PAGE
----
Written August 27, 2020

Postal Service

John Ratzenberger, the mailman on 'Cheers,' records plea for USPS ...

I’m still kinda mad at Twila, the former postmistress in Dumont. She knew Dawn lived right around the corner and didn’t tell me about her, for a year. I thought she was my friend. Anyway, I found my true love on my own without Twila’s help.

The post office has been in the news lately. Trump supposedly wants to limit funding. He thinks mail-in ballots can lead to corruption. The Democrats oppose defunding the Postal Service because, well because. There are some bigger issues here.

In the quarter ended June 30 the Postal Service lost $2.2 billion. Does anyone ask, “Why don’t they raise their rates?” The Postal Service is embedded as an example of the misinterpreted “general welfare clause.” That phrase at the beginning of the Constitution is used to negate any part of the Constitution that gets in the way of special interests who want your involuntary charity.

We recently had a tire go bad on the rear of our big tractor. Both tires were 35 years old so they both needed to be replaced. I made some calls and saved a thousand dollars by choosing one supplier over another. Compare that to the Postal Service that is protected by law from competition in the letter business. Did you ever need to get some paperwork moved securely and quickly? You call it a package and send it by FedEx.

While two sides argue over whether an election can be influenced by minor changes in the post office, the obvious benefits of competition in mail delivery are ignored. If I can save 30% in a short time on the phone because I’m free to choose, just think of how mail delivery could be improved.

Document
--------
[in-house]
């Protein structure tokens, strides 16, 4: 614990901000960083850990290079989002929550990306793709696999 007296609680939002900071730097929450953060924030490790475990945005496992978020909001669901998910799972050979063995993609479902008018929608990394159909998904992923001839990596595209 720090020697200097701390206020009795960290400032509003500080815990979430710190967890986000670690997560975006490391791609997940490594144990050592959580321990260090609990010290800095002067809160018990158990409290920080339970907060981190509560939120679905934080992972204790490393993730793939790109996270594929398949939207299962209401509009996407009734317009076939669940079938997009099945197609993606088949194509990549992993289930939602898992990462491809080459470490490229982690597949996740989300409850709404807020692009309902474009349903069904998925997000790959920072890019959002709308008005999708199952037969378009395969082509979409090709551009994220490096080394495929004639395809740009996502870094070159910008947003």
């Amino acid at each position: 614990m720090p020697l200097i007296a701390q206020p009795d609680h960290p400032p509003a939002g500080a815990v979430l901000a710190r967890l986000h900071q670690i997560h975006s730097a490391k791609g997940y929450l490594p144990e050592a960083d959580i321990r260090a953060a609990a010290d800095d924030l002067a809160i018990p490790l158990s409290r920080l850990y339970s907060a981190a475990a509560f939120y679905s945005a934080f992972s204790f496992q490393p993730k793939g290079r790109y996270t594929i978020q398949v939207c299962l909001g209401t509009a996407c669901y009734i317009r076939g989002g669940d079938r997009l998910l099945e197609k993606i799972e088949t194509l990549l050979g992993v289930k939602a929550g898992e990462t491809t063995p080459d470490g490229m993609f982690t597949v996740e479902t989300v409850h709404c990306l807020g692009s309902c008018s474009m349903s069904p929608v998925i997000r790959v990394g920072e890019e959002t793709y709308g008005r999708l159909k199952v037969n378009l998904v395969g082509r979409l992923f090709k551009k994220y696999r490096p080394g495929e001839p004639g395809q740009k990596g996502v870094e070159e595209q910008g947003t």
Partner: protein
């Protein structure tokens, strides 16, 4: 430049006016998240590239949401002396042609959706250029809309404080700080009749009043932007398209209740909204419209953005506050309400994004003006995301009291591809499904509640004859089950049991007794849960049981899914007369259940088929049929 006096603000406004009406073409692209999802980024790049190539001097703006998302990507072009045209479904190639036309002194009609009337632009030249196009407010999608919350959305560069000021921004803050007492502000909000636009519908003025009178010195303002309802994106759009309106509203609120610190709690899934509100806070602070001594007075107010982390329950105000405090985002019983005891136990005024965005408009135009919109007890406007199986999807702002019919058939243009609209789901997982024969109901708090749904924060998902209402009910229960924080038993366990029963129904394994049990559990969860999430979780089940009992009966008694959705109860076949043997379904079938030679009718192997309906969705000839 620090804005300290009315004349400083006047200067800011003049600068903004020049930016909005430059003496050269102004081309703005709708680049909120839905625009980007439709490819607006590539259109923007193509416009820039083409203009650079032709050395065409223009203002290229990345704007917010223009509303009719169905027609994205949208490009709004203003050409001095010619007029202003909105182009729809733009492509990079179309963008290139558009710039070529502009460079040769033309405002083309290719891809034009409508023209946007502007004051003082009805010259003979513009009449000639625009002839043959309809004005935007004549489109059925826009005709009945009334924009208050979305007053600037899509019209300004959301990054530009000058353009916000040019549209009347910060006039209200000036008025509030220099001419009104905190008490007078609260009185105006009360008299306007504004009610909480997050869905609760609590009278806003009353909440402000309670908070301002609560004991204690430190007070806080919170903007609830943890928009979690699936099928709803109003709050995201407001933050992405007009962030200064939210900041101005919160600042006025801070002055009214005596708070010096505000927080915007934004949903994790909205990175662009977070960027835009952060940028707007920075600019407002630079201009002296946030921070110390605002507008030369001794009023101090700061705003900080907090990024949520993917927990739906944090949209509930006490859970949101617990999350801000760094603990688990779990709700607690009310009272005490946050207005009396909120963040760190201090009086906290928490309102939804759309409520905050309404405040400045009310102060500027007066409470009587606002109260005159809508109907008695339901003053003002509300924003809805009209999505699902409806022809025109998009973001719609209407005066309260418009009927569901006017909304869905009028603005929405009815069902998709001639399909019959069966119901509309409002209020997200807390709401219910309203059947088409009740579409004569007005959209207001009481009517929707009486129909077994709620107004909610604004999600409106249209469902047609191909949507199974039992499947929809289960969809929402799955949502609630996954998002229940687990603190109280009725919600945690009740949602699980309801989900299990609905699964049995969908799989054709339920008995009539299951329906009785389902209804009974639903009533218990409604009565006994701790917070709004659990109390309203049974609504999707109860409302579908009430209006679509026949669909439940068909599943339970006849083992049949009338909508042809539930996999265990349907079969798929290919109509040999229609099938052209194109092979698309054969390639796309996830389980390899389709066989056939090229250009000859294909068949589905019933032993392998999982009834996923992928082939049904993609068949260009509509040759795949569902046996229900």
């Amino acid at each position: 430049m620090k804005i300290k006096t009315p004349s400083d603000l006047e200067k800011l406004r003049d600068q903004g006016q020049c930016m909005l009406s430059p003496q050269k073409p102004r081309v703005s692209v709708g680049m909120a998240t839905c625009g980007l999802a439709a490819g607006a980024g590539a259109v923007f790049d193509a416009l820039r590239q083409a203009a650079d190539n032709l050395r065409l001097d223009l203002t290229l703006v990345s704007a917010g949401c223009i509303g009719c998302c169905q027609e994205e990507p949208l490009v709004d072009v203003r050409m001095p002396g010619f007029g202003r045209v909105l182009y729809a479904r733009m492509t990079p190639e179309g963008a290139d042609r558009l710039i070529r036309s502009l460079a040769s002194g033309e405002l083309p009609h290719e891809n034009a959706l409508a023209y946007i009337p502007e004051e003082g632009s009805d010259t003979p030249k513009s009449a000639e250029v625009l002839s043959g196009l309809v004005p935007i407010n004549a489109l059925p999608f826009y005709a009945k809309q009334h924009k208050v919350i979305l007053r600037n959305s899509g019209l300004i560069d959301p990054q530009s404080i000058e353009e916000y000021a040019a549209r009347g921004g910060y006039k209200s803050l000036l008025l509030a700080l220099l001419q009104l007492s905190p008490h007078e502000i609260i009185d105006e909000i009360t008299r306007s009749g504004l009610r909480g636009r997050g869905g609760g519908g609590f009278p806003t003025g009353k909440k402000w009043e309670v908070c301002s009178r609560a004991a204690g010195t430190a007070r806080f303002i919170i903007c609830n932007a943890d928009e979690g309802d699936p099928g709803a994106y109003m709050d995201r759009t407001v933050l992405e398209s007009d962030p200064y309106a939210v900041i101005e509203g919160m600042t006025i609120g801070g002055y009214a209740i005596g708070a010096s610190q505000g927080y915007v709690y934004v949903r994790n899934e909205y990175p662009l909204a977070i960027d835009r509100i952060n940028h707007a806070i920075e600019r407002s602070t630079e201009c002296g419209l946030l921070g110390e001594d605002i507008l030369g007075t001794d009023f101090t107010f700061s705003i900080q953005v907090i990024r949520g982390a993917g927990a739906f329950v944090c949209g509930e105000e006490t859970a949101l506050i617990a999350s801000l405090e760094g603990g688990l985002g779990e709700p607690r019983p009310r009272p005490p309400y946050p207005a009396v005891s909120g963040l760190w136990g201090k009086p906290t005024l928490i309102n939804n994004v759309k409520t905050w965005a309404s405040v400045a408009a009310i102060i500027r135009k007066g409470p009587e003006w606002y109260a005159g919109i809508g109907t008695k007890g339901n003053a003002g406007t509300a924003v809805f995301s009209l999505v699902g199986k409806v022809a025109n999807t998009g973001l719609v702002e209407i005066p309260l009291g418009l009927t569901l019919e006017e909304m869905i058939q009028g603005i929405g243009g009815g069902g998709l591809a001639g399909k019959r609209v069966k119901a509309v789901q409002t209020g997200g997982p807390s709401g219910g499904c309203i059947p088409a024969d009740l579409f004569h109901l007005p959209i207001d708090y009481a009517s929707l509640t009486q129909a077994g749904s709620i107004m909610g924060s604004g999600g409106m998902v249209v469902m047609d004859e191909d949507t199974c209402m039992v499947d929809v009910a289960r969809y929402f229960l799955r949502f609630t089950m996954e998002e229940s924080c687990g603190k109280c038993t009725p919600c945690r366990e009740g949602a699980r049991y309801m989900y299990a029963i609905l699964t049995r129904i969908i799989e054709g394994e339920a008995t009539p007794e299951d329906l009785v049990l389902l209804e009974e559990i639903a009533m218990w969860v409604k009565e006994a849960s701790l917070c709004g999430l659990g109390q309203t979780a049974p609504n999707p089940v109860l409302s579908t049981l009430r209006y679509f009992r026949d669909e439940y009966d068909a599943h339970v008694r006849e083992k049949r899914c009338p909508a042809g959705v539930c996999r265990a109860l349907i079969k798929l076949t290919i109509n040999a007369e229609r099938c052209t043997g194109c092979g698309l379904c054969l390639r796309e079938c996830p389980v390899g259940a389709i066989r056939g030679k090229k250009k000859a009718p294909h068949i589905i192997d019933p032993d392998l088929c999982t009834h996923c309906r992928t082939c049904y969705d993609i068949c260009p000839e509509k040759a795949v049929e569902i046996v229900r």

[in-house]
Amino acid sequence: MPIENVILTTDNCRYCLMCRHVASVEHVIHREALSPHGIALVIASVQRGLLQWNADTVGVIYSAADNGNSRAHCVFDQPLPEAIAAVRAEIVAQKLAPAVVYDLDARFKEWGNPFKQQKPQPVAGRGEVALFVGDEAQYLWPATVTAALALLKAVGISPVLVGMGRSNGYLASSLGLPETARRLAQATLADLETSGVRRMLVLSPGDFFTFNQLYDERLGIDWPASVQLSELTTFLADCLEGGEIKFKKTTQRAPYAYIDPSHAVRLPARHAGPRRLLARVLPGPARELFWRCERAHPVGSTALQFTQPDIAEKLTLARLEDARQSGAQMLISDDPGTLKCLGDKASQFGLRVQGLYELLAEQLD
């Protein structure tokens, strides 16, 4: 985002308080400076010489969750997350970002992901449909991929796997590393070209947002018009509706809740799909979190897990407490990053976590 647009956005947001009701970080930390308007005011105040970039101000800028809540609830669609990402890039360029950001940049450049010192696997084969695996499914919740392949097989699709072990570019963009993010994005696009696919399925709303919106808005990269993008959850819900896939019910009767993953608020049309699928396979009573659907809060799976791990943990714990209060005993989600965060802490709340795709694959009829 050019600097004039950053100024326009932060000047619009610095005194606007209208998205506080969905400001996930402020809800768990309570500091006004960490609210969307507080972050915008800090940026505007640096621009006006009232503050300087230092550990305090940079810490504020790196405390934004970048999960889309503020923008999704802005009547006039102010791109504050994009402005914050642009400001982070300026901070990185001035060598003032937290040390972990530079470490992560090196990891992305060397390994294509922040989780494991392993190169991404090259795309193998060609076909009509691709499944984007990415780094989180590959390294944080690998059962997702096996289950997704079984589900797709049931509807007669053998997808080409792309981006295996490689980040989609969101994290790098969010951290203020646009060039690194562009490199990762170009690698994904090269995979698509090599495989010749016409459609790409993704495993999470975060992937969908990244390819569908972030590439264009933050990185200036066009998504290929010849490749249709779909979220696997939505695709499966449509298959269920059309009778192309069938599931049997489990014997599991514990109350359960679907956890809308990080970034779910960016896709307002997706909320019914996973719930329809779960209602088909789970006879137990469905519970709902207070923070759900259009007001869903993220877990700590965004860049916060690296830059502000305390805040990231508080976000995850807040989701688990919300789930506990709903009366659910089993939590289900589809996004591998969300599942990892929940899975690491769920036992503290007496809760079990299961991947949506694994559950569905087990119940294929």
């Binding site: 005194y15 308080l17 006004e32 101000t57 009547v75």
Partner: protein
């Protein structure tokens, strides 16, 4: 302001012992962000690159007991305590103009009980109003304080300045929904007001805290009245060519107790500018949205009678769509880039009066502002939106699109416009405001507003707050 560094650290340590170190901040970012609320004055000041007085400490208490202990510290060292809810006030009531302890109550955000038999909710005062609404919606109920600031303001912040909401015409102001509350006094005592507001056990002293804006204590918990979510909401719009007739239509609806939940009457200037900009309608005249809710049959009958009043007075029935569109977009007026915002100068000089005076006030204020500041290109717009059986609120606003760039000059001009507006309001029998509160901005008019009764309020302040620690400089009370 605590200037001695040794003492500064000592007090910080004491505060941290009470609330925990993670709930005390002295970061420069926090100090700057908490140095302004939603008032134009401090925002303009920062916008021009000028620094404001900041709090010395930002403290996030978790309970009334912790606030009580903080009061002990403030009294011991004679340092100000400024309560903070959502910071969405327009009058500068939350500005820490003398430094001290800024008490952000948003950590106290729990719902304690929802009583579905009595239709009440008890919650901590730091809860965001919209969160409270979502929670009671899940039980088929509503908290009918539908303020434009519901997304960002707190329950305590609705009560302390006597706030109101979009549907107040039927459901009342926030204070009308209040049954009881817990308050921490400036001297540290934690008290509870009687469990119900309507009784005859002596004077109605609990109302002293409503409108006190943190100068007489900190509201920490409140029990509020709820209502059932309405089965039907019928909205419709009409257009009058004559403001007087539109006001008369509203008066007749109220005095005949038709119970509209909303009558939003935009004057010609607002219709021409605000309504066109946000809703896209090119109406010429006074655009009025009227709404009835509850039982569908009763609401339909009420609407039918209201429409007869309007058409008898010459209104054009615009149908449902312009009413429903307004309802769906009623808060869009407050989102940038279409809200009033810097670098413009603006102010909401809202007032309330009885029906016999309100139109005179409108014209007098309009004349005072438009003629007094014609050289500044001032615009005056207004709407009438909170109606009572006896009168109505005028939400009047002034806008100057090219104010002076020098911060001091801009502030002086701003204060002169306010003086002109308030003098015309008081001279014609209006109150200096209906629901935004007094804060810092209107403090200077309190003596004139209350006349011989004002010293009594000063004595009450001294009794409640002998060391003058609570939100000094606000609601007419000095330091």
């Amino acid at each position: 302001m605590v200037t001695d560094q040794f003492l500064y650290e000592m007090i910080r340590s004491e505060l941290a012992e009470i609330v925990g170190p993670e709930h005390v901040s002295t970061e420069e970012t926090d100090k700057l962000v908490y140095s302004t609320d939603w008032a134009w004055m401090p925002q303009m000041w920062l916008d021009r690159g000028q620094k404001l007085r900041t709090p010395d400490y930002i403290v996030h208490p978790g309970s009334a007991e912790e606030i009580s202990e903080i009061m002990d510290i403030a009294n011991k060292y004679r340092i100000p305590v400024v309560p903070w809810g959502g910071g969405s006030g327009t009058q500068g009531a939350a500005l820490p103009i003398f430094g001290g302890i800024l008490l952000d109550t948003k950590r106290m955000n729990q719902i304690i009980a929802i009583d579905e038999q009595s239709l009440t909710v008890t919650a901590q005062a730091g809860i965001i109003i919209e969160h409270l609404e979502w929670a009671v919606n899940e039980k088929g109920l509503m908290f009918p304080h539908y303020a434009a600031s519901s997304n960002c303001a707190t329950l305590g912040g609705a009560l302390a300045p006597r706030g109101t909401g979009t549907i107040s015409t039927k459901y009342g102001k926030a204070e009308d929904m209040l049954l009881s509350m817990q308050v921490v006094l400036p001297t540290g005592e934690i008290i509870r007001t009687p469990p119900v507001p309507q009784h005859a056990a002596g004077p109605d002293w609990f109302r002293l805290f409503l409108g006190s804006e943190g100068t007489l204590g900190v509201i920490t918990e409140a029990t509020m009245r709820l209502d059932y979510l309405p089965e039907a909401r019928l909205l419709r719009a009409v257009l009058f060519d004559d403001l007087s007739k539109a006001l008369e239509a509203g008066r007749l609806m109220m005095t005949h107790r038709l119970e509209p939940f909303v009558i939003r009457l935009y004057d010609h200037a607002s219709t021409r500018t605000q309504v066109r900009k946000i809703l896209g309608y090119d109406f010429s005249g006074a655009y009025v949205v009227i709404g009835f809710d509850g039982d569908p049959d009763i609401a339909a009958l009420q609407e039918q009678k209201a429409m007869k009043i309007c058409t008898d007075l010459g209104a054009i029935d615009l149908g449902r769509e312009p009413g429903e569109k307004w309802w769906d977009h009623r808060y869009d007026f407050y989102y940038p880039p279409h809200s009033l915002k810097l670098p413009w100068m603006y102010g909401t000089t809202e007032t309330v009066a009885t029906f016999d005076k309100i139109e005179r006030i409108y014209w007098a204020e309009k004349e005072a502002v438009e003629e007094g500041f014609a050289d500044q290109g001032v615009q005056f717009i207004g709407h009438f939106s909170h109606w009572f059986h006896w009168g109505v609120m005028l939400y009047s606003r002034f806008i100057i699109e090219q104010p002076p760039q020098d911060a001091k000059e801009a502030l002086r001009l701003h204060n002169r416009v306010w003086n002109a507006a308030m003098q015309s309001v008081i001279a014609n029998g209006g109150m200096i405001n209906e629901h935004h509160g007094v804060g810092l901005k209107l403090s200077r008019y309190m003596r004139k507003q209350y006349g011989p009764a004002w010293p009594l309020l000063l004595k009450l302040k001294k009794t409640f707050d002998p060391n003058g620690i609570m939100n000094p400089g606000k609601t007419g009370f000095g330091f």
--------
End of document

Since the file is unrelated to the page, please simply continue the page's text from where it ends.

It is interesting to see how two sides, the Democrats and Republicans, pretend to represent extremely different views yet they both support socialized mail delivery.

Once we get through this election charade, it would be nice to see our elected representatives look at the facts and act to sell the Postal Service. The business plan scrutinized by investors would have to show sustainability. Since people will still have to send mail, the opportunity for a successful business is obvious. And without mommy taxpayer there to cover all the inefficiencies that an organization with seven unions can produce, the post office will survive and thrive.

Spee-Dee delivery was founded in 1978 with a pickup truck. They now have 1,800 employees working in nine states. Any farmer needing a part shipped, knows the next question to ask is, “Can you ship it Spee-Dee?”

My son, when the government hasn’t shut down the world, works for a company that issues permits to organize on-location filming. I’m proud to say Film L.A. was privatized from a public agency. It can be done. The cost of the permits reflect a necessity for profit.

The Postal Service lost $69 billion dollars over the last 11 years. They have $160 billion in unfunded liabilities. Ben Franklin owned two household slaves at one time, then gave them their freedom and became a staunch advocate for abolition. He started the post office and I bet he wouldn’t stand for the travesty that it has become.

The people who deliver our mail, watch over our neighborhoods, and are our friends deserve a better employer.

The Financial System

The financial system. Wow, now there’s a catchy title. I doubt there could be a subject less interesting than that, yet have more impact on our daily lives.